The whole concept of value is being embraced by clients, who are looking at the high chargeout rates that law firms have brought in over the last decade, and they now want retribution and rollbacks, or at the least a stop to the increase in their legal budgets. The rise of the ACC Value Challenge is just one indicator of their resolve here.

If the economy worsens in a possible double-dip recession, clients will exert even more pressure on law firms. Firms must prepare for this change and must demonstrate more value to satisfy clients.

There is also a movement to reduce the recovery of soft costs such as photocopies and fax charges, which irritates some clients, and law firms are pulling back on this somewhat.

4) National Firms Cleaning House

National firms are cleaning house and cutting partners with practices below minimum $ practice size and clients that don’t meet minimum $ billings levels. This is a great opportunity for small and regional firms, who are picking up these senior national partners who have been pushed out or who have left national firms for better work/life balance.

This can be a great boon for the smaller firm, as they acquire new talent and institutional clients, who will remain with the smaller firm after the partner finally retires. Many national partners have established long relationships with their clients, and can transition their clients to their new smaller firms and make them profitable with the lower overheads of a small firm.

5) The Rise of Innovative New Legal Business Models

The rise of innovative new business models such as Delegatus, Clearspire, Axiom, Cognition, etc. The concepts of outsourced in-house counsel, no partners, franchised firms and virtual firms are threats to national and regional firms and an opportunity for small firms.

Presented at the Seventh Annual CBA Law Firm Leadership Conference held October 24-25, 2011 in Vancouver, BC

Planning for Success – Key Issues & Goals

Originally posted on Small Firm Innovation

In the first planning installment, we talked about creating a vision and core values statement. The next step is to identify the firm goals and key issues facing the firm.

One suggestion for getting buy-in from the partners is to have them write down the top 3 goals for their practice and for the firm, as well as the things that are stopping them from achieving their personal and firm goals (the key issues).  Submit these for compilation and discussion at a planning retreat.  This will also start the process of aligning personal and firm goals.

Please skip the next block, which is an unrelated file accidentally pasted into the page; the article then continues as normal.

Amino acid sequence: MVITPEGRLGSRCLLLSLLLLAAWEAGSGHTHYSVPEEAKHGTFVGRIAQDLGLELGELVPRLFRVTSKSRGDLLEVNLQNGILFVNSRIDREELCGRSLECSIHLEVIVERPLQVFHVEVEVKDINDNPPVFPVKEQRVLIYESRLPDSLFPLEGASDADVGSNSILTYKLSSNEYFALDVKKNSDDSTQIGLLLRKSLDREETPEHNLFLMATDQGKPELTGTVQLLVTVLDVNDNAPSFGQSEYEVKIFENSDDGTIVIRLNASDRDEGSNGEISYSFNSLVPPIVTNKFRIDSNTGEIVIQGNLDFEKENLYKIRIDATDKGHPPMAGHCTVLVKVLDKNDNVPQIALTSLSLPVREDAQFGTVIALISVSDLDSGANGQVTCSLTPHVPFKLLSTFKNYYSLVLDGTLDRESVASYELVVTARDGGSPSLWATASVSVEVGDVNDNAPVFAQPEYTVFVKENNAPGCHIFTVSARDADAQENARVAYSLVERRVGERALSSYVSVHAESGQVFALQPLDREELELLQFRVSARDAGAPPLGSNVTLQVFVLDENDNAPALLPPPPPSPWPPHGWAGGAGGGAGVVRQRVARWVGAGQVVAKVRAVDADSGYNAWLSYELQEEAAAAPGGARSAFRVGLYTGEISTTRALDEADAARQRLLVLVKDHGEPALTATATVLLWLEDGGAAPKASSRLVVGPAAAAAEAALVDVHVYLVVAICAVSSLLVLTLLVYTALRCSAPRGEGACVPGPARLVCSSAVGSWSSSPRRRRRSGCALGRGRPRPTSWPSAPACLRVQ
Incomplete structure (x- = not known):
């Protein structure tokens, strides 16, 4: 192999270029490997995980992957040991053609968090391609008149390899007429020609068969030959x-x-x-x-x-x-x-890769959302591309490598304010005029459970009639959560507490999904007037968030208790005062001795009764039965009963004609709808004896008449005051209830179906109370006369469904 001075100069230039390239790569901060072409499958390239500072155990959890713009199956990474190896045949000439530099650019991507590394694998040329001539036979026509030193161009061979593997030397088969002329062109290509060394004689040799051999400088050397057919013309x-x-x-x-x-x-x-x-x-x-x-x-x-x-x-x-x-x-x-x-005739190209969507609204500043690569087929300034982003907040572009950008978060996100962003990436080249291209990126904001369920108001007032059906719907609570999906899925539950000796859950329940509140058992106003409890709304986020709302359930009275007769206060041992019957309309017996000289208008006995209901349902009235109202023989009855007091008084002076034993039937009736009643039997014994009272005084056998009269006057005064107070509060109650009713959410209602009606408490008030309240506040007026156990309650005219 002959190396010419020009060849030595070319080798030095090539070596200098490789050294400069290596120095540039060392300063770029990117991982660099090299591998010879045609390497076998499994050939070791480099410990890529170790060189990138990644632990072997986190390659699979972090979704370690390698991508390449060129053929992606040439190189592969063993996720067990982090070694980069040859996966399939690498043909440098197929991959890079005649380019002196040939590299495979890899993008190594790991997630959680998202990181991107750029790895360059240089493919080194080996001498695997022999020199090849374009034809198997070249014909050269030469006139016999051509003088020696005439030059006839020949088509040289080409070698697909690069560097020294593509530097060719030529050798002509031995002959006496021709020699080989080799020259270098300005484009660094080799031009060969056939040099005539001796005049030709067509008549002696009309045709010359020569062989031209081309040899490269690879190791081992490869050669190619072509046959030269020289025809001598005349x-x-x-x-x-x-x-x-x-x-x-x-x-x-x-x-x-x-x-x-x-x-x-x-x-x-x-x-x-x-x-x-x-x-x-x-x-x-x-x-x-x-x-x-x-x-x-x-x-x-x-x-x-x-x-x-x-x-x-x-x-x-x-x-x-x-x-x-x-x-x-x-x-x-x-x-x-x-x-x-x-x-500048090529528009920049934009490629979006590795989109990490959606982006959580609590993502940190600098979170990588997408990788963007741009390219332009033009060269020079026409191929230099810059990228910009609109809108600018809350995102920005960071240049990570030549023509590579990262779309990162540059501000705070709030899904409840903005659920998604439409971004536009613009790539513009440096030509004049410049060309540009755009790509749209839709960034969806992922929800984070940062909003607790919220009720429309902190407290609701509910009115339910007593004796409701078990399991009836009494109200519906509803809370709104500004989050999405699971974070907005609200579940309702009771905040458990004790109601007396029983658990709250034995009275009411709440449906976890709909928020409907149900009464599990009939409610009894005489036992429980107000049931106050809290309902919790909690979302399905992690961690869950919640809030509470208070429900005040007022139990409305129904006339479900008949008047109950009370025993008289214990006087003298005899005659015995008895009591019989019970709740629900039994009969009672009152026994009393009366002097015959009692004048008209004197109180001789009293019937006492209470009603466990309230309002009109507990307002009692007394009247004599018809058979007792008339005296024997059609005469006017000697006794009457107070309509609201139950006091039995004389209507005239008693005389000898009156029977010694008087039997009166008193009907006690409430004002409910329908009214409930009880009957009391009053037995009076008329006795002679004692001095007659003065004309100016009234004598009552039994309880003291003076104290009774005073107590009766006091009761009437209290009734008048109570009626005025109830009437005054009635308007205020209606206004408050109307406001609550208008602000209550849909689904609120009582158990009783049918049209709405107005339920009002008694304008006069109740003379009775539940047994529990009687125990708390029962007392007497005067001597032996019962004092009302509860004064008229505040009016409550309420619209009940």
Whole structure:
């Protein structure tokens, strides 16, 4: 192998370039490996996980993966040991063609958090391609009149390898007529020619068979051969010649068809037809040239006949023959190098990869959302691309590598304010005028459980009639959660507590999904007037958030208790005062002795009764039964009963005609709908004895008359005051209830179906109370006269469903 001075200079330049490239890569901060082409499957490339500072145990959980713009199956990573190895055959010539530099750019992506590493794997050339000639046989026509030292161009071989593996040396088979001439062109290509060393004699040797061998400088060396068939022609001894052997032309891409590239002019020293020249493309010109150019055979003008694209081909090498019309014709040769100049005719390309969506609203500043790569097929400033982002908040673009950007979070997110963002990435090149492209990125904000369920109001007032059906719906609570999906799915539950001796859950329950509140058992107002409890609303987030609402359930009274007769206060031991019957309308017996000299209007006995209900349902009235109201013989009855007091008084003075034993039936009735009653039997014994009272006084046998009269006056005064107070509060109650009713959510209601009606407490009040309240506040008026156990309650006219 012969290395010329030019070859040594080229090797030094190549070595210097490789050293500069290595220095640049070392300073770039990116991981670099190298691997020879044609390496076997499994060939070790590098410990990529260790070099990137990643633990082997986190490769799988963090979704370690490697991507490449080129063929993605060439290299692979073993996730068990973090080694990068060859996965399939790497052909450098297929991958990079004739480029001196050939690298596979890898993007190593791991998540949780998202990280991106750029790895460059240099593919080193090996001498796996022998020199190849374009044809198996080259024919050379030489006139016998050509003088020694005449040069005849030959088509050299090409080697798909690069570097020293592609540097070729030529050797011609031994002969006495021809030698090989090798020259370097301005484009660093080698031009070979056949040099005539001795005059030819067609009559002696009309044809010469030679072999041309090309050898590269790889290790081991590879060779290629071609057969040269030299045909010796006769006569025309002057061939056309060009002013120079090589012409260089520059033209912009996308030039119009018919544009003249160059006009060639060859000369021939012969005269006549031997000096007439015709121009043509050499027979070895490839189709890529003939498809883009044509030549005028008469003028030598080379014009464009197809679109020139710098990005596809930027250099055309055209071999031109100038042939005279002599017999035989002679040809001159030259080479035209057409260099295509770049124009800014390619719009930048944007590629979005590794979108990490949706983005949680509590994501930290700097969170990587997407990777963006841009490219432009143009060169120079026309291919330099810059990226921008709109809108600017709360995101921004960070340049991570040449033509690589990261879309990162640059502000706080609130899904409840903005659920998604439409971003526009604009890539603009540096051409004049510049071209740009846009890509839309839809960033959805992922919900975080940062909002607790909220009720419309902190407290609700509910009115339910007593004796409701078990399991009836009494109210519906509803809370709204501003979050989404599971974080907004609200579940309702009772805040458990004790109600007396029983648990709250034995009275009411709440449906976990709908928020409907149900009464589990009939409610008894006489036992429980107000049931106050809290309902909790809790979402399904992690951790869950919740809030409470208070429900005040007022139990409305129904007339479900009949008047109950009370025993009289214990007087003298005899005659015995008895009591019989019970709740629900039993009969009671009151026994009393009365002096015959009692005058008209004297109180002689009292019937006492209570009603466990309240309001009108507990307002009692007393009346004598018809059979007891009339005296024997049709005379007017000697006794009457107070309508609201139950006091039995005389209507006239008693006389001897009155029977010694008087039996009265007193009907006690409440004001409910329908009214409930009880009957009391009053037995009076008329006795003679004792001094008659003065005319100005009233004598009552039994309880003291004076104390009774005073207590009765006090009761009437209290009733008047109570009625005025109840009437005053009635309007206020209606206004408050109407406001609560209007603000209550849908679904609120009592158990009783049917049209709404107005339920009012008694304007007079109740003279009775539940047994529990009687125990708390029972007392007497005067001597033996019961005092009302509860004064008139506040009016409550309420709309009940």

At the planning retreat, list all the goals and issues on flipchart paper and post them for all partners to review as the day proceeds.  Then start discussing the issues one by one until you have exhausted all issues.

I’ve found the process is usually more successful if you start by discussing the issues first and the goals after.  Lawyers are naturally focused on what’s wrong with the firm rather than the positives, so I find this approach simplifies and speeds up the discussion considerably as a result.

Once all of the issues have been discussed, then you can start prioritizing the issues.  Aim to have the top 5 issues decided on by the day’s end.  This part of the process can proceed quite quickly if you’ve already had a thorough discussion of the issues beforehand.

Once you have a prioritized list of the top 5 issues facing the firm, you can now start to turn those issues into quantifiable goals.  For example, if one of the issues is “lack of profitability”, then the goal can be converted to “increase profits by x% over x years”.  This is a quantifiable goal with a deadline, which is essential for follow-through and measuring the success of the firm plan later on.

Review the list of goals submitted prior to the retreat, and add or modify to this list based on the discussion of the key issues.  Decide on the top 5 goals as a group.

Once you have decided on the top 5 goals, then you need to determine if completing these goals will be enough to achieve your vision.  If not, you will have to repeat the process until you come up with an adequate set of goals which will achieve your firm vision.